For Immediate Release:
August 19, 2021
David Perle 202-483-7382
Dover, Del. – PETA has obtained a U.S. Department of Agriculture report revealing a recent violation of law at Haass’ Family Butcher Shop, Inc., outside Dover. In response, the group sent a letter today to Delaware State Prosecutor A.J. Roop calling on him to review the matter and, as appropriate, file criminal cruelty-to-animals charges against the facility and the worker responsible for shooting a pig in the head twice with a gun that he had been told by a coworker wouldn’t be effective on her. When the pig remained standing and alert, the worker cut her throat. She remained conscious until another worker shot her with a shotgun.
“This disturbing report shows that this pig experienced a prolonged, agonizing death at Haass’ Family Butcher Shop,” says PETA Senior Vice President Daphna Nachminovitch. “PETA is calling for a criminal investigation on her behalf and urging all compassionate members of the public to help prevent more animals from suffering in slaughterhouses by going vegan.”
PETA—whose motto reads, in part, that “animals are not ours to eat”—opposes speciesism, a human-supremacist worldview. The group notes that pigs, sheep, cows, chickens, and other animals feel pain and fear and value their lives, just as humans do.
PETA’s letter to Roop follows.
August 19, 2021
Delaware State Prosecutor
Dear Mr. Roop,
I hope this letter finds you well. I would like to request that your office (and the proper local law enforcement agency, as you deem appropriate) investigate and file suitable criminal charges against Haass’ Family Butcher Shop, Inc., and the worker responsible for repeatedly shooting a conscious pig in the head and cutting the animal’s throat on August 4 at its slaughterhouse located at 3997 Hazlettville Rd. outside Dover. The U.S. Department of Agriculture’s Food Safety and Inspection Service (FSIS) documented the incident in the attached report, which states the following:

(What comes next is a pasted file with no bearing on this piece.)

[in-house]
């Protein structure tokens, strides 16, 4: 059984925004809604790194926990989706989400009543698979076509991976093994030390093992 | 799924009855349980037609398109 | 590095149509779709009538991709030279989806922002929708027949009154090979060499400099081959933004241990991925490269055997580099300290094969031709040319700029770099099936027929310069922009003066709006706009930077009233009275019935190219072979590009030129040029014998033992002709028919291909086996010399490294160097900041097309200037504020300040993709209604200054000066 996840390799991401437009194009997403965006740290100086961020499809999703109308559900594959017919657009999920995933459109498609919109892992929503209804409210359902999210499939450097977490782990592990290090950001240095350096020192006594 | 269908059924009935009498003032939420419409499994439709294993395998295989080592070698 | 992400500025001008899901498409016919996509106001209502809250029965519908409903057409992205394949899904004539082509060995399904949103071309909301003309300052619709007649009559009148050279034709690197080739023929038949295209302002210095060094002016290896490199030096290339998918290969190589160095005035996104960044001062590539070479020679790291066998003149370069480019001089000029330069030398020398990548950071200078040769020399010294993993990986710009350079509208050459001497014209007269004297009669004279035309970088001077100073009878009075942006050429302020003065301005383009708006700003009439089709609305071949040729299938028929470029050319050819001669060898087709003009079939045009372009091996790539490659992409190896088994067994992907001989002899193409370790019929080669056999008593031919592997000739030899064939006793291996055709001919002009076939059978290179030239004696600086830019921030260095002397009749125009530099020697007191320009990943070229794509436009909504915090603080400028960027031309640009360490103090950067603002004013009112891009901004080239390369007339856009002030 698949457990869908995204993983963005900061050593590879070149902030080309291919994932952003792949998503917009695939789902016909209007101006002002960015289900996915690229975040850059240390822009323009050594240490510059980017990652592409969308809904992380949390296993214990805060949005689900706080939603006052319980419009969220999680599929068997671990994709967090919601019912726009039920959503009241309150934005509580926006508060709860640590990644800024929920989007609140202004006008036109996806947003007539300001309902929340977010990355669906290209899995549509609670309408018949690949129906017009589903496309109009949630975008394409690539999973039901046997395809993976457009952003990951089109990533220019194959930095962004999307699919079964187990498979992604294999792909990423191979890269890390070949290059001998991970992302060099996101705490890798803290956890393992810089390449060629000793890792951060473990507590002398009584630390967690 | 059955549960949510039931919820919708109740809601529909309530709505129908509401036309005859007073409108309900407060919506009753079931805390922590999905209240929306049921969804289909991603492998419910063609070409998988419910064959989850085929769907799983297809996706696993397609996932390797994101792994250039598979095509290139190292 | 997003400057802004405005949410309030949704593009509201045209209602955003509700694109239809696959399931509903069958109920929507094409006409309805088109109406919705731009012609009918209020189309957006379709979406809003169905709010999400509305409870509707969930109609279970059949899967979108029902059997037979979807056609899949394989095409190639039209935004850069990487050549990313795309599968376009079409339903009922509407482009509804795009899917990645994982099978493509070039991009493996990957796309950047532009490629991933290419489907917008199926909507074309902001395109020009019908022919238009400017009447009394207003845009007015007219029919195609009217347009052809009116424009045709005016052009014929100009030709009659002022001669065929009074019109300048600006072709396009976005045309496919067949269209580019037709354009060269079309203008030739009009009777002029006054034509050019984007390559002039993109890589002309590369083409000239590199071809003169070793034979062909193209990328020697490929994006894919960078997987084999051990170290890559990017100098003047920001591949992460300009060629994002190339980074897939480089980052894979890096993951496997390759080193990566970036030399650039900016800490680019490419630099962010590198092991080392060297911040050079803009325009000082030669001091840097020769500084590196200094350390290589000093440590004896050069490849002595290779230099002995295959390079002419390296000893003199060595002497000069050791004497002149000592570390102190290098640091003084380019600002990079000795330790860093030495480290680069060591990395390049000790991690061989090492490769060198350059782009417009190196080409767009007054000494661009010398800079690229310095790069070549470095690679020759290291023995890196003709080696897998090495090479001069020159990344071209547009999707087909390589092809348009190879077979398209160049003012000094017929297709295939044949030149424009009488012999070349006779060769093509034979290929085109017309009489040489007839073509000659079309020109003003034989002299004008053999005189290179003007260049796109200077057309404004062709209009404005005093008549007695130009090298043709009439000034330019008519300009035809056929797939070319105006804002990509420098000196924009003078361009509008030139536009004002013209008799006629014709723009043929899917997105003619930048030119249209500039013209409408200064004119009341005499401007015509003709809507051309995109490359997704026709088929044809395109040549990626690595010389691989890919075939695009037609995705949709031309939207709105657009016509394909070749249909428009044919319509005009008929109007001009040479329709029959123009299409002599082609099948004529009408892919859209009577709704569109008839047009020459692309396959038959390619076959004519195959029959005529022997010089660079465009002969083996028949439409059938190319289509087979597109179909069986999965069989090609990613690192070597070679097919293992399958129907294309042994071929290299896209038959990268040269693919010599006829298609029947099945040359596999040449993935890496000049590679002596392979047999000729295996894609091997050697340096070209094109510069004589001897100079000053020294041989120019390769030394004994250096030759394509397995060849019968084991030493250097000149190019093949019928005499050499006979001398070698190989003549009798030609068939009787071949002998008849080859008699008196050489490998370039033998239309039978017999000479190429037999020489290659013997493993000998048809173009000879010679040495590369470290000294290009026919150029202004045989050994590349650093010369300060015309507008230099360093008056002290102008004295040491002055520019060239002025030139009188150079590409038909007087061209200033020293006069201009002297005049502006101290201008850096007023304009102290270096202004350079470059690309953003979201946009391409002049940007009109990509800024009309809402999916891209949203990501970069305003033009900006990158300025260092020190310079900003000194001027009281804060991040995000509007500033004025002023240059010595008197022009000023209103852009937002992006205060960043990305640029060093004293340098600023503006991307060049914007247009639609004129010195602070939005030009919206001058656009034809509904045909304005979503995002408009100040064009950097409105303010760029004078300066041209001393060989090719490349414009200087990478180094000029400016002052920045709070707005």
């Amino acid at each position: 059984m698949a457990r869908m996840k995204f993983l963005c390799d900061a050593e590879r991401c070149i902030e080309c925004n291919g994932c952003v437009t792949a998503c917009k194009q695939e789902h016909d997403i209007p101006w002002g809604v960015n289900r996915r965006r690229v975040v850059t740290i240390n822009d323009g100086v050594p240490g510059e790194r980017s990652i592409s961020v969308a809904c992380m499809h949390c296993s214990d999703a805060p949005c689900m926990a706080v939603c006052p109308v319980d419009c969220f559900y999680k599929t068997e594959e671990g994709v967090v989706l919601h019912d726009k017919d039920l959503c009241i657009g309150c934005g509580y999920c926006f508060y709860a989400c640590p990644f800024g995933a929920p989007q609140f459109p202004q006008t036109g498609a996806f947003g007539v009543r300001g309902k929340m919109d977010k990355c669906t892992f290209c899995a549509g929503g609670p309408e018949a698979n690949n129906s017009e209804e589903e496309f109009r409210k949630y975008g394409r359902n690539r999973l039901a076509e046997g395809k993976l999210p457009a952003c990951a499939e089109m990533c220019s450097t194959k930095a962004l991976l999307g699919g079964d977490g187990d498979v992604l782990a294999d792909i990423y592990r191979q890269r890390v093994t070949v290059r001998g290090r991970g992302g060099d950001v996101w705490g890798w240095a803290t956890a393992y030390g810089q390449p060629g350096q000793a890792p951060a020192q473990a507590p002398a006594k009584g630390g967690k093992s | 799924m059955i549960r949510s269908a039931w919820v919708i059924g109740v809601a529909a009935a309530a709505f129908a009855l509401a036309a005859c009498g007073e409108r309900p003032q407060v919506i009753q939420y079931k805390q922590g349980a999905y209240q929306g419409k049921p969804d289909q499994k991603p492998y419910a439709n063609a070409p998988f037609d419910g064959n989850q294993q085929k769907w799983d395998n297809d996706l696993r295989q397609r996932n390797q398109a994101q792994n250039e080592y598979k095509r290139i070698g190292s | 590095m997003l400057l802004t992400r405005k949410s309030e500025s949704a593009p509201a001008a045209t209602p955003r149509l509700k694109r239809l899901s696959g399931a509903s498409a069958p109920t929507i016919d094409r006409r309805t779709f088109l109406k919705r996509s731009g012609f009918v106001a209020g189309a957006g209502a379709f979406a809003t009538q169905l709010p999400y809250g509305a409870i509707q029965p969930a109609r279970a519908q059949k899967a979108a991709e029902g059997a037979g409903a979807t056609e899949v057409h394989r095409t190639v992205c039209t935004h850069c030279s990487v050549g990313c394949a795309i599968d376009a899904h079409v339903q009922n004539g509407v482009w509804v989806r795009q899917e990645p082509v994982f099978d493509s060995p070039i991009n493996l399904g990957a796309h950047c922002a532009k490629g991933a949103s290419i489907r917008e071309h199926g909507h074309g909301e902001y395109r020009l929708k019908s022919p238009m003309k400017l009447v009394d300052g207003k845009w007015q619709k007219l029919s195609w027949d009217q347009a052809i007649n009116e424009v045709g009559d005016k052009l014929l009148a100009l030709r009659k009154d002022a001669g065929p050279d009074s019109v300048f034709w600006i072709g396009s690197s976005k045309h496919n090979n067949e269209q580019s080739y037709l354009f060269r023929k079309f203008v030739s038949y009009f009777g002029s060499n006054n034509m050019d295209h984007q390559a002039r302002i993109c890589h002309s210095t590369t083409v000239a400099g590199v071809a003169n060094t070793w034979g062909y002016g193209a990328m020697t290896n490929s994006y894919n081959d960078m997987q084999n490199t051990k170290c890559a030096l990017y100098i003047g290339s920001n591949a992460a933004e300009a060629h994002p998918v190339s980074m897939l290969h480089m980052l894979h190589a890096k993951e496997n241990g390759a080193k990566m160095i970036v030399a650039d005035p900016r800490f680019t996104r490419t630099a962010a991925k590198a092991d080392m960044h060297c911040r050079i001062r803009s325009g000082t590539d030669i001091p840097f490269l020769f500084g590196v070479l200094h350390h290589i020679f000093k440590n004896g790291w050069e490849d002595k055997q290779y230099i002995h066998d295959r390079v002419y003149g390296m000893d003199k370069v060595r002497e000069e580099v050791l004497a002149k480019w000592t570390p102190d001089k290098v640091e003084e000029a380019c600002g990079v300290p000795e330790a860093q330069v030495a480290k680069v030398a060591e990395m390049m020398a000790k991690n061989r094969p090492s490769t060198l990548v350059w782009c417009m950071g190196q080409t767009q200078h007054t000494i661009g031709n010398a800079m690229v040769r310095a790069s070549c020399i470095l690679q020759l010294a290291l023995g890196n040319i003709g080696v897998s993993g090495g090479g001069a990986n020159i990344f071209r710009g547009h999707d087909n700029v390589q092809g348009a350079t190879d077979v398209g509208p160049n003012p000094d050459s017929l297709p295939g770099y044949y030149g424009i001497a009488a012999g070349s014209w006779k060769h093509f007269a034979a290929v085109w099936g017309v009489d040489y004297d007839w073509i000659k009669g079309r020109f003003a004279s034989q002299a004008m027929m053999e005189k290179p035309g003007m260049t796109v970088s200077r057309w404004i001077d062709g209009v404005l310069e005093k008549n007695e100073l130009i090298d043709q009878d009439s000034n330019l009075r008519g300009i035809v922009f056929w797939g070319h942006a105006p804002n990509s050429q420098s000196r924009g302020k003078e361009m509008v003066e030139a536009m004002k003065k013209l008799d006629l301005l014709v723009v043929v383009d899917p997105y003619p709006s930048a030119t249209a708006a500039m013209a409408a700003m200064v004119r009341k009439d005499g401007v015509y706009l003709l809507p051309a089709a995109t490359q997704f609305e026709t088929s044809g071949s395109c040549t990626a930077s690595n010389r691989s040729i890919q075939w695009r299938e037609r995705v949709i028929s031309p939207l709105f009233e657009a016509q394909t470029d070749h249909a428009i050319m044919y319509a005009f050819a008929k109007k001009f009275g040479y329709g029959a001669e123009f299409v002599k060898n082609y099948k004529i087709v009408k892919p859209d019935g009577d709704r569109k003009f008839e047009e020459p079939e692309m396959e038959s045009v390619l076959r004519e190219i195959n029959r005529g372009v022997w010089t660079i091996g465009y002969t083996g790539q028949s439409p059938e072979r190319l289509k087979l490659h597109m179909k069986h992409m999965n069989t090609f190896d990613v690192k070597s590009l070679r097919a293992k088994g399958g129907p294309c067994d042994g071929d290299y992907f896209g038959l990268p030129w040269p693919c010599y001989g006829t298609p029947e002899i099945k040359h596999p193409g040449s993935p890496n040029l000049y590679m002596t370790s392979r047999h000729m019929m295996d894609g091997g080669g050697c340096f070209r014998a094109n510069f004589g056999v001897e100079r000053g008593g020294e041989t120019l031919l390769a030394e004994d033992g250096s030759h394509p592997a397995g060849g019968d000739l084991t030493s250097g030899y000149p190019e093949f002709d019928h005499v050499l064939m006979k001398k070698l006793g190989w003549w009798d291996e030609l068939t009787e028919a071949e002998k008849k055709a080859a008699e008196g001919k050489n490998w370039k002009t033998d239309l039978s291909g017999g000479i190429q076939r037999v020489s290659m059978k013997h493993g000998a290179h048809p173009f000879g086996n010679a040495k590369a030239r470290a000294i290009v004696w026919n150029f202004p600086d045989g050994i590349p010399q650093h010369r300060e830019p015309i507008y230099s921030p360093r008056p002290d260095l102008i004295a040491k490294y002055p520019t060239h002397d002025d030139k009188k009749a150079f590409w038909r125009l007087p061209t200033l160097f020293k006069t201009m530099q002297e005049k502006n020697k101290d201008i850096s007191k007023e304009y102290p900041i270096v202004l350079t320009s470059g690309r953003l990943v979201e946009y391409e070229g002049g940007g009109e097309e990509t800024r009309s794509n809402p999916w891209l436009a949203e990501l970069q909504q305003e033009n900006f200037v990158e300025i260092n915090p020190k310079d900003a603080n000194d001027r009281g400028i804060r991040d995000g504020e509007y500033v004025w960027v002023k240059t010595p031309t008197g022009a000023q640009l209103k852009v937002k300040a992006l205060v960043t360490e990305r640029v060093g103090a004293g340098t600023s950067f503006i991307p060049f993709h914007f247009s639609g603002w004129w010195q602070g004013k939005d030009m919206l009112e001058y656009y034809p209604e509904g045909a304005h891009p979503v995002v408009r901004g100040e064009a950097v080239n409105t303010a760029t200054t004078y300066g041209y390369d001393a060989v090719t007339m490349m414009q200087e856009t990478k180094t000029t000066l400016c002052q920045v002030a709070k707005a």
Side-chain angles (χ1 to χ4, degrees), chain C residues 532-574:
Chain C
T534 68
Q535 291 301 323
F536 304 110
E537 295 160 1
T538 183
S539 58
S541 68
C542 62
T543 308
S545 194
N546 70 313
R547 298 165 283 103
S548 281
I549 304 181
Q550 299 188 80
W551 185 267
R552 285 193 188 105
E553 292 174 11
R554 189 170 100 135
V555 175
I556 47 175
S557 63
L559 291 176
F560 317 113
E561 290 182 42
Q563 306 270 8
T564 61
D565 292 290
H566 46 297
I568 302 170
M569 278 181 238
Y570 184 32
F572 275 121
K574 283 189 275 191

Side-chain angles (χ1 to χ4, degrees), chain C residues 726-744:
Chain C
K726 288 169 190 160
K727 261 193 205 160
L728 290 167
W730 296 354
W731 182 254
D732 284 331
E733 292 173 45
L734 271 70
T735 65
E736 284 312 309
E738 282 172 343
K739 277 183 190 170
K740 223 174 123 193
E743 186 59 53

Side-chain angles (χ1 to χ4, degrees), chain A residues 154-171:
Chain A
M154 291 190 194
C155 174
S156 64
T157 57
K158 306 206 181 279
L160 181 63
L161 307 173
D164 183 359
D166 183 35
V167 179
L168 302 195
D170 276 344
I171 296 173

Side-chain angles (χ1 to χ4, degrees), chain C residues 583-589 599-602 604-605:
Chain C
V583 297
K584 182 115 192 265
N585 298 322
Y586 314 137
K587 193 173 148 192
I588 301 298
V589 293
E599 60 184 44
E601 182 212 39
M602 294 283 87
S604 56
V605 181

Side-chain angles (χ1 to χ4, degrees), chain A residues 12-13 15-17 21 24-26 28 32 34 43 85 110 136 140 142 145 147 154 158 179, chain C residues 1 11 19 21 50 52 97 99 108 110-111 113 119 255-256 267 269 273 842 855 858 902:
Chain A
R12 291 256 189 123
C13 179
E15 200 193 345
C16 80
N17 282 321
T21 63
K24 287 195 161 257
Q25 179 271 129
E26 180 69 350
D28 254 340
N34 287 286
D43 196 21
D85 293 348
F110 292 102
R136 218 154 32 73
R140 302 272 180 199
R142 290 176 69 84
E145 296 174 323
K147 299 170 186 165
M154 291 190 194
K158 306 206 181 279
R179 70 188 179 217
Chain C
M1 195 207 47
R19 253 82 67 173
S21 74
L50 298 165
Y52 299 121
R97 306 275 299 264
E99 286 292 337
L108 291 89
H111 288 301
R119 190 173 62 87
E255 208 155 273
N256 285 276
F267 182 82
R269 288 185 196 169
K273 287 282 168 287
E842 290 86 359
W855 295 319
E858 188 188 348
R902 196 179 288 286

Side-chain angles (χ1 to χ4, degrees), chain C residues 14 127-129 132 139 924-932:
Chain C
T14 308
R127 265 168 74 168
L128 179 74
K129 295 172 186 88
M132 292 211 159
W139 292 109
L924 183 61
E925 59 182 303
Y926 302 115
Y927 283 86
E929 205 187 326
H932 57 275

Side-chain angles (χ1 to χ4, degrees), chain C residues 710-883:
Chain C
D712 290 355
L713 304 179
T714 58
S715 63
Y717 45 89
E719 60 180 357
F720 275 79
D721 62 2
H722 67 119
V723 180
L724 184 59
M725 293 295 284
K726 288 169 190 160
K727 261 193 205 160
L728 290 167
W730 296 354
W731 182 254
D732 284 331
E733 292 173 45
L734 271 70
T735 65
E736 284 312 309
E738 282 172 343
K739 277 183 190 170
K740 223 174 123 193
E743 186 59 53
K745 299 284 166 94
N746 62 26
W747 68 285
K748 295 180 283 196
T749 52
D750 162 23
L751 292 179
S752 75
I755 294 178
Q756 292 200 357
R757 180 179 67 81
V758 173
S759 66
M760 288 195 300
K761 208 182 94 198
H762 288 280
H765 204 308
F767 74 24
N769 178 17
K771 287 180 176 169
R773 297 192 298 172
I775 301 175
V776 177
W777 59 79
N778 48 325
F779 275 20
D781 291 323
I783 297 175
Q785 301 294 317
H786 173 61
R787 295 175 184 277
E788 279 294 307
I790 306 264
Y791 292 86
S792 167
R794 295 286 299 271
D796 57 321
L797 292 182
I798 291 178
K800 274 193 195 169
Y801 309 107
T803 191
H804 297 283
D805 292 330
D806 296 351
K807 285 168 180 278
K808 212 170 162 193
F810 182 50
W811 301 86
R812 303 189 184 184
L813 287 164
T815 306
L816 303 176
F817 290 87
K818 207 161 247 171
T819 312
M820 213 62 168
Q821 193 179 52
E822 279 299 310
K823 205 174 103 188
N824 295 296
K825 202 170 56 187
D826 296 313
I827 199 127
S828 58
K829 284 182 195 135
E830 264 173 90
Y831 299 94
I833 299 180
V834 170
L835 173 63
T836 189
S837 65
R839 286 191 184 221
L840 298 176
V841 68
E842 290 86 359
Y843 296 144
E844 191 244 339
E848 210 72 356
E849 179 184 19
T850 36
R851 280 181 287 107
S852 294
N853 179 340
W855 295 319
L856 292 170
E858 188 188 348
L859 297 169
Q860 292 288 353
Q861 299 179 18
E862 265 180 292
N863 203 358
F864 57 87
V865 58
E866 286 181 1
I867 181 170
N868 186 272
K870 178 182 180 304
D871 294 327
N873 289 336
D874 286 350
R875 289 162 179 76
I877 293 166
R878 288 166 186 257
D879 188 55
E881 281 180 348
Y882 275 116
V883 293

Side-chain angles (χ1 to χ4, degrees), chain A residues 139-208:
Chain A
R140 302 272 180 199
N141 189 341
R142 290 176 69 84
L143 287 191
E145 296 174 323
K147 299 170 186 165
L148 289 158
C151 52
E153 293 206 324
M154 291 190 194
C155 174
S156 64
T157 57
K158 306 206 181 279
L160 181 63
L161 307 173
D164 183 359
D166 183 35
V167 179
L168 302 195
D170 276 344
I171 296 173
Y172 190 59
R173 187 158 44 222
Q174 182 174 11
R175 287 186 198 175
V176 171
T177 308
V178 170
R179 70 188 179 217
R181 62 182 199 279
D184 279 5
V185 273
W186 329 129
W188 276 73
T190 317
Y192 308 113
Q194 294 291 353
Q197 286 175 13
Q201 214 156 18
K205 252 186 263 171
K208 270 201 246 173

“The employee who had been performing stunning for the day suggested that he could attempt to stun the sow using the hand-held captive bolt stunning device (HHCB) that is used for stunning cattle, but a second employee stated that the HHCB didn’t work on sows of this size. IPP [FSIS Inspection Program Personnel] observed as the first employee retrieved two (2) 0.25 caliber HHCB devices and attempted to stun the sow. The sow remained conscious, as was evident as it remained upright and alert. The first employee then approached the sow with a knife and was going to attempt to cut the neck of the sow (for bleeding purposes), but IPP told him to re-stun the sow. The employee then reloaded the HHCB and attempted a second stun. The second stun attempt was unsuccessful, as the sow [remained] upright and alert. As the employees had no additional equipment available to attempt to stun the sow, IPP stepped away to confer. At that time, the first employee attempted to cut the sow’s neck; however, the sow was in an awkward position and even though he was able to reach the neck, the employee was unable to make a full cut to the neck (i.e., the sow did not bleed out) and the sow remained conscious. Employees then retrieved a 20-gauge shotgun from another part of the establishment and attempted to stun the sow. The first shot with the 20-gauge shotgun (3rd stun attempt overall) successfully rendered the sow unconscious …”1
This conduct appears to violate 11 Del. C. § 1325(b). Importantly, FSIS action does not preempt criminal liability under state law for slaughterhouse workers who perpetrate acts of cruelty to animals.2
Please let us know what we might do to assist you. Thank you for your consideration and for the difficult work that you do.
Assistant Manager of Investigations
1FSIS District 80 Manager Todd Furey, Notice of Suspension, Haass’ Family Butcher Shop, Inc. (August 4, 2021) https://www.fsis.usda.gov/sites/default/files/media_file/2021-08/M8892-NOS-08042021.pdf.
2See Nat’l. Meat Assoc. v. Harris, 132 S. Ct. 965, 974 n.10 (2012) (“. . . States may exact civil or criminal penalties for animal cruelty or other conduct that also violates the [Federal Meat Inspection Act (FMIA)]. See [21 U.S.C.] §678; cf. Bates v. Dow Agrosciences, LLC, 544 U.S. 431, 447 (2005), holding that a preemption clause barring state laws ‘in addition to or different’ from a federal Act does not interfere with an ‘equivalent’ state provision. Although the FMIA preempts much state law involving slaughterhouses, it thus leaves some room for the States to regulate.”).